Is the continued debasement of the currency. I'm not throwing bombs or predicting utter disaster. I don't think we're headed for post-WWI Germany. And I'm not hoarding gold coins, guns and ammo.
But the debt level -- and the politicians and all those connected to the federal government gravy train refusal to get serious about it -- make monetizing the debt at least a significant possibility.
Even a probability.
If you live in America, that impacts every aspect of your life. Everything from money saved for retirement to running down to the corner store to buy groceries.
And, as Lewis Lehrman wrote in Tuesday's Wall Street Journal, unless the politicians are willing to PREVENT monetizing of the debt, all the plans we're hearing about won't succeed.
In short, no reform of the Federal Reserve system equals no success in spending restraint.
Here's his recipe for what should happen:
First, in order to limit Fed discretion, the dollar must be made convertible to a weight unit of gold by congressional statute—at a price that preserves the level of nominal wages in order to avoid the threat of deflation. Second, the government must at the same time be prohibited from financing its deficit at the Fed or in the banks—both at home or abroad. Third, only in the free market for true savings—undisguised by inflationary new Federal Reserve money and banking system credit—will interest rates signal to voters the consequences of growing federal government deficits.
Unrestricted convertibility of the dollar to gold at the statutory price restricts Federal Reserve creation of excess dollars and the inflation caused by Fed financing of the deficit. This is so because excess dollars in the financial markets, at home or abroad, would lead to redemption of the undesired dollars into gold at the statutory parity price, thus requiring the Fed to reduce the expansion of credit in order to preserve the lawful convertibility parity of the dollar-gold relationship, thereby reducing the threat of inflation.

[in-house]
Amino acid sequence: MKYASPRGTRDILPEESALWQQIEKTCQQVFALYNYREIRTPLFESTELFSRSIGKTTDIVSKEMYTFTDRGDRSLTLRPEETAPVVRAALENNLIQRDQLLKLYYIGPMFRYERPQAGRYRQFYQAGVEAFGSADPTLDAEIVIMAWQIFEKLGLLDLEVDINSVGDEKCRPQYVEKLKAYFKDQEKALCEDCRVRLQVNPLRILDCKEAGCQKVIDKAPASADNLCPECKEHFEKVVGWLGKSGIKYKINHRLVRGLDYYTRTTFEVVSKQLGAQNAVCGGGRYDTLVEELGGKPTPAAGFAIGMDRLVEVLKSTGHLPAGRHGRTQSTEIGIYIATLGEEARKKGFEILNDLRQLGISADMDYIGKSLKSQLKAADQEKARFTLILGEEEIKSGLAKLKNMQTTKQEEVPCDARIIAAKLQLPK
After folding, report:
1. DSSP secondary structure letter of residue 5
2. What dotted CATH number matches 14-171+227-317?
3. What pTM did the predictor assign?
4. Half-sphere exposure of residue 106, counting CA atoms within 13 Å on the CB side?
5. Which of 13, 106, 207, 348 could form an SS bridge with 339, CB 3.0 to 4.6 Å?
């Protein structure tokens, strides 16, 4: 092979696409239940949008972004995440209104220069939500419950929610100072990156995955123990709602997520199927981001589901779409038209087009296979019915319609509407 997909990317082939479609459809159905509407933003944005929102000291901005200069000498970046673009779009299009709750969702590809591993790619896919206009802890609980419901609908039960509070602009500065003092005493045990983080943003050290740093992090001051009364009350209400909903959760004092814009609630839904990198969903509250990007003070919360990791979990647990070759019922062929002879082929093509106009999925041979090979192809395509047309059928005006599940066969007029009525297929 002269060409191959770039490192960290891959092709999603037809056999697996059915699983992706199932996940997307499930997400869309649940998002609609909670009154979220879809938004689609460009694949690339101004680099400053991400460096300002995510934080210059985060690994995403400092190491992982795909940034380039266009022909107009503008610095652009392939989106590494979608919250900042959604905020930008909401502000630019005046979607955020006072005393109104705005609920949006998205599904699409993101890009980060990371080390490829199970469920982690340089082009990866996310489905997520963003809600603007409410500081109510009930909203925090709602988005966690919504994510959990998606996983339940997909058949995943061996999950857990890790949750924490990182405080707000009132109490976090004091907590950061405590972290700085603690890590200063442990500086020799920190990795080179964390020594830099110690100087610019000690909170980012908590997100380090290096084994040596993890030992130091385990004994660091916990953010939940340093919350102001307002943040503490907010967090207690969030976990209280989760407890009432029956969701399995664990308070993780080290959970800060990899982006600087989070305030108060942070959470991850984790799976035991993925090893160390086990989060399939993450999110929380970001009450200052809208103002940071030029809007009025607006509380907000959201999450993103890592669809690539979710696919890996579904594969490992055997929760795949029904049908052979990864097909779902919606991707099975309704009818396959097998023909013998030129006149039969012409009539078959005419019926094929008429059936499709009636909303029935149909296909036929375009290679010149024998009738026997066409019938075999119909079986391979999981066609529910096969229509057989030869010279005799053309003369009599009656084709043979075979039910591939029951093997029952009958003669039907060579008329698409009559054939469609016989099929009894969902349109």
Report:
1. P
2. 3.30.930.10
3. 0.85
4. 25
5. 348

This monetary reform would provide an indispensable restraint, not only on the Federal Reserve, but also on the global banking system—based as the system now is on the dollar standard and foreign official dollar reserves. Establishing dollar convertibility to a weight unit of gold, and ending the dollar's reserve currency role, constitute the dual institutional mechanisms by which sustained, systemic inflation is ruled out of the integrated world trading system. It would also prevent access to unlimited Fed credit by which to finance ever-growing government.
The good news is that the G-word is being uttered more often these days. And without everyone thinking only kooks or conspiracy theorists say such things.
But the bad news is that both political parties, at the top, want to have the power to manipulate the currency. And we have a very long way to go to counter that.